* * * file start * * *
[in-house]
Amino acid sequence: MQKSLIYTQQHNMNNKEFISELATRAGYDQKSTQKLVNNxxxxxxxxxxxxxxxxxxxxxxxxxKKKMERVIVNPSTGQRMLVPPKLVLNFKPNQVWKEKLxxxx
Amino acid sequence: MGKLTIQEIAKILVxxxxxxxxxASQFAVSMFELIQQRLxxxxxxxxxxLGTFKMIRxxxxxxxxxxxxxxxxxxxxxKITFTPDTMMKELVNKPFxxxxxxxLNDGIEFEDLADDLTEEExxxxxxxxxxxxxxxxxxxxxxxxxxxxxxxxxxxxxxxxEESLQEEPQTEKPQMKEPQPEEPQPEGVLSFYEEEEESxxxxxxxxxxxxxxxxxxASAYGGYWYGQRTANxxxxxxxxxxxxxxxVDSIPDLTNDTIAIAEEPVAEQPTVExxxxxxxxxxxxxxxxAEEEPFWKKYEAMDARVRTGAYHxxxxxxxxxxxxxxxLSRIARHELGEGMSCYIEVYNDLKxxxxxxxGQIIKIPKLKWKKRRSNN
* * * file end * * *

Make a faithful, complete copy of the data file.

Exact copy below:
[in-house]
Amino acid sequence: MQKSLIYTQQHNMNNKEFISELATRAGYDQKSTQKLVNNxxxxxxxxxxxxxxxxxxxxxxxxxKKKMERVIVNPSTGQRMLVPPKLVLNFKPNQVWKEKLxxxx
Amino acid sequence: MGKLTIQEIAKILVxxxxxxxxxASQFAVSMFELIQQRLxxxxxxxxxxLGTFKMIRxxxxxxxxxxxxxxxxxxxxxKITFTPDTMMKELVNKPFxxxxxxxLNDGIEFEDLADDLTEEExxxxxxxxxxxxxxxxxxxxxxxxxxxxxxxxxxxxxxxxEESLQEEPQTEKPQMKEPQPEEPQPEGVLSFYEEEEESxxxxxxxxxxxxxxxxxxASAYGGYWYGQRTANxxxxxxxxxxxxxxxVDSIPDLTNDTIAIAEEPVAEQPTVExxxxxxxxxxxxxxxxAEEEPFWKKYEAMDARVRTGAYHxxxxxxxxxxxxxxxLSRIARHELGEGMSCYIEVYNDLKxxxxxxxGQIIKIPKLKWKKRRSNN